Locus Focus: Take Seventy-Two!
This month's theme feels like a survey on Family Fortunes: "We asked 100 people to name a place where you can find books . . ." I'm sure the top answer would have been a library, which we covered last week with Beauty and Beast. Today, we have what would likely be the second most popular answer. (And after this, I'll just have to scramble around for two more . . .)
Remember that you may grab the badge from the sidebar and write your own Locus Focus post at any time. =)
Fox & Sons Books
You've Got Mail
You've Got Mail
"I sell cheap books. Sue me."
It's easier to find images of the other bookstore in the movie You've Got Mail--which isn't surprising. The small, cozy, indie Shop Around The Corner is a sentimental, nostalgic dream. Fox & Sons Books is the big, bad corporate Goliath threatening to huff and puff and blow the little David down. (I couldn't decide between the two allusions, so I just used them both.) Besides, most viewers would already know what a mega bookstore looks like; but every small, privately-owned shop is its own little revelation.
So as much as I'd like to say I support my local indie book seller, my own six-word memoir of the day seems to be: I buy cheap books. Sue me.
I appreciate these big chain stores, their deliberately impersonal atmosphere, and their economies of scale. I like taking my time wandering through a store without feeling pressured to make a purchase (an impression I never took away from an indie book shop--although, granted, I've only been to a handful), and I especially love the various promos that let me get extra discounts on brand new books that are already at their most competitive price. But now . . . I kind of feel bad about it.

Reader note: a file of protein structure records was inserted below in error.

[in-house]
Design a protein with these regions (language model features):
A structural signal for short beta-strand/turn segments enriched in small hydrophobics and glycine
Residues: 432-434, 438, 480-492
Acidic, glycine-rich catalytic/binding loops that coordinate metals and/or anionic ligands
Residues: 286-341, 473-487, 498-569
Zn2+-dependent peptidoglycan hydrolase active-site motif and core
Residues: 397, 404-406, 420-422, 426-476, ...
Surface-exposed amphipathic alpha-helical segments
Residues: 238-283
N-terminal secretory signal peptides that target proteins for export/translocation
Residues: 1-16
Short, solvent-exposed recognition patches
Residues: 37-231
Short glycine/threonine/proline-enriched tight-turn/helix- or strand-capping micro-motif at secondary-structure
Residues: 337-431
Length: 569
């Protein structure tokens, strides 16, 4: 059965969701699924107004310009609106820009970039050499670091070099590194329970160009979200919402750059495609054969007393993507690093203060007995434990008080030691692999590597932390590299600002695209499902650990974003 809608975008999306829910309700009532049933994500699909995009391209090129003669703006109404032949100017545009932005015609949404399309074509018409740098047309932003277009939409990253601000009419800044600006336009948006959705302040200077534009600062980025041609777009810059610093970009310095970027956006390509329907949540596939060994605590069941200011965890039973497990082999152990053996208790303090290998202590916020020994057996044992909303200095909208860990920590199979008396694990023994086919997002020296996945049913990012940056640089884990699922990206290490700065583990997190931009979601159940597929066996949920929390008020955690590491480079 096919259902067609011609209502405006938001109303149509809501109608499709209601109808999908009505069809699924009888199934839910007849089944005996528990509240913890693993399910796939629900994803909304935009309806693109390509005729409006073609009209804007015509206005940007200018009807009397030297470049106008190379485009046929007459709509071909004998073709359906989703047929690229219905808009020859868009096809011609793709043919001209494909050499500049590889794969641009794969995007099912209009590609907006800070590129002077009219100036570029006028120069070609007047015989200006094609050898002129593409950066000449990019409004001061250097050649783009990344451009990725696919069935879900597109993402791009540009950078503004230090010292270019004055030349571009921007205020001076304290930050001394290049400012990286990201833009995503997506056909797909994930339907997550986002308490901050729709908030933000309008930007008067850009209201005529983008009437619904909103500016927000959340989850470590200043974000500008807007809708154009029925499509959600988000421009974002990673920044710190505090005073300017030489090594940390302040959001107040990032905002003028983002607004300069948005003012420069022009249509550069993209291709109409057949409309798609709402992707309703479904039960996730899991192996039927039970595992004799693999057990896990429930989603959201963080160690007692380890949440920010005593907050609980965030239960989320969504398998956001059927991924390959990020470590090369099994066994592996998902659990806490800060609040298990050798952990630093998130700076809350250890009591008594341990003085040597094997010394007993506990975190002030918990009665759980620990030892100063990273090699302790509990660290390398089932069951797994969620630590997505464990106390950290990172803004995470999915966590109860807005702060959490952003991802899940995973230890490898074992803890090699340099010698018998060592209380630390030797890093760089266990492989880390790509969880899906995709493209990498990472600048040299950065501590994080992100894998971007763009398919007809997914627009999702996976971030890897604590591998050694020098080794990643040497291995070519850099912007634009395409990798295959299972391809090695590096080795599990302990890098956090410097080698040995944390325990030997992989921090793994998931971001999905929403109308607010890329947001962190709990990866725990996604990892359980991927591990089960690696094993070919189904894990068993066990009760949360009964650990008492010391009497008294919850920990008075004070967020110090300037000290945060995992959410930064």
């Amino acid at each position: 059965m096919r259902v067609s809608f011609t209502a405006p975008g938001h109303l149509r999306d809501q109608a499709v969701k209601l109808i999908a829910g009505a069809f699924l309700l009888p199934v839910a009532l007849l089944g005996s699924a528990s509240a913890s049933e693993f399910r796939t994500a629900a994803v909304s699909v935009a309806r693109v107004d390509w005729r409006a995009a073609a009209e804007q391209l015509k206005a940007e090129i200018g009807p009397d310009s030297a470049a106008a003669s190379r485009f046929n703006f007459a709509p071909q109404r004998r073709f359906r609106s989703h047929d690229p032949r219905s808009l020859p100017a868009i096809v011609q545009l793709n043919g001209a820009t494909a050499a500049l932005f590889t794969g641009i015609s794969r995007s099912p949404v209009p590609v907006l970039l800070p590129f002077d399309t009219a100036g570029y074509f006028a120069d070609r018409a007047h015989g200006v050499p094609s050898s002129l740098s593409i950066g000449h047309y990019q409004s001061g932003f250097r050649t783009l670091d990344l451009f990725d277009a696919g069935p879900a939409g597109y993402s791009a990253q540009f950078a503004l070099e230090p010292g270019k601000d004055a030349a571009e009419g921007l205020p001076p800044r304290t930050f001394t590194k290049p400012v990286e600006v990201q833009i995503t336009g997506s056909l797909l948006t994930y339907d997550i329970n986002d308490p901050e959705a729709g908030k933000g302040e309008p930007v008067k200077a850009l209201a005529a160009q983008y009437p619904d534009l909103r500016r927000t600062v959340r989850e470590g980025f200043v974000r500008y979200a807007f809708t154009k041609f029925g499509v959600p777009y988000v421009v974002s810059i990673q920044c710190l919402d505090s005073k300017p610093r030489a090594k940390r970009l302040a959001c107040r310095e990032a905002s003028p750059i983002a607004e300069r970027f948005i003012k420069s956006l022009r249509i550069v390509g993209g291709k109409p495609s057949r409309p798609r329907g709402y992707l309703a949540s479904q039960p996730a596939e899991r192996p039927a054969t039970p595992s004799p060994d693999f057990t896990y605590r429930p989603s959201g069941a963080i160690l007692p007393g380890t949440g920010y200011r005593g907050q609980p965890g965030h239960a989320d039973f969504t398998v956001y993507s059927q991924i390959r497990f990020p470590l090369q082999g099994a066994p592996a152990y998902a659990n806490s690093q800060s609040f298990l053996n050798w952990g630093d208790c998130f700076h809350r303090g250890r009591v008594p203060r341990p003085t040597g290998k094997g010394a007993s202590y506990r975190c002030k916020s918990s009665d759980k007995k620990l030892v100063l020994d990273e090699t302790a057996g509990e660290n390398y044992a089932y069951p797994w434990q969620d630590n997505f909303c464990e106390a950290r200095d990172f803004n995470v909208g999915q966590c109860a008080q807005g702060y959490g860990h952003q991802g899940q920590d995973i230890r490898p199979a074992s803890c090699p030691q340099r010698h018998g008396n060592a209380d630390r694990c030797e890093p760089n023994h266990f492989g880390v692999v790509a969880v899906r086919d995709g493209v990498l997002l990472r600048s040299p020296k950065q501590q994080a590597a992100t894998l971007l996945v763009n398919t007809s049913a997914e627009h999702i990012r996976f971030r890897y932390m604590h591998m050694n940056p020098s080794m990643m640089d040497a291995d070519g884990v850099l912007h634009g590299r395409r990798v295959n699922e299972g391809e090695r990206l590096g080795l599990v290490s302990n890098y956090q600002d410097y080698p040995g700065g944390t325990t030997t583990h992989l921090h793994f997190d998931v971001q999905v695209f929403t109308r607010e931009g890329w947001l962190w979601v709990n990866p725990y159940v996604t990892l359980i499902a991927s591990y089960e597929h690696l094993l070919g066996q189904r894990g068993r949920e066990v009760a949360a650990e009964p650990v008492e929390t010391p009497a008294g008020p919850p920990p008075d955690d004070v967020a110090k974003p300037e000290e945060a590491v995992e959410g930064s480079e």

Last month, I had to review In Defense of Food by Michael Pollan for one of the magazines I write for, and while I was reading it, I was struck by all the parallels we could draw between what we feed our bodies and what we feed our minds. And when I was typing up the previous paragraph of this post, Pollan's message that food is too important to be quick and cheap suddenly doubled as a message that books are too important to be quick and cheap. But if small business bookstores were the norm, books would be too expensive to be so mediocre.
Well, yes, in that ideal world we'd still have some answer to the penny dreadfuls: every generation does. But I'm starting to think ours is the first one virtually swimming in them. Manuscripts no longer have to be really good to be published; they just have to be really profitable. And although the two qualities are not mutually exclusive, I can't believe how bad so many releases of the last ten years are.
Being surrounded by thousands of crisp, new, sweet smelling books stops being such a heady experience when about 80% of them aren't worth the perfumy paper they were printed on.
Image Source: Fox & Sons Books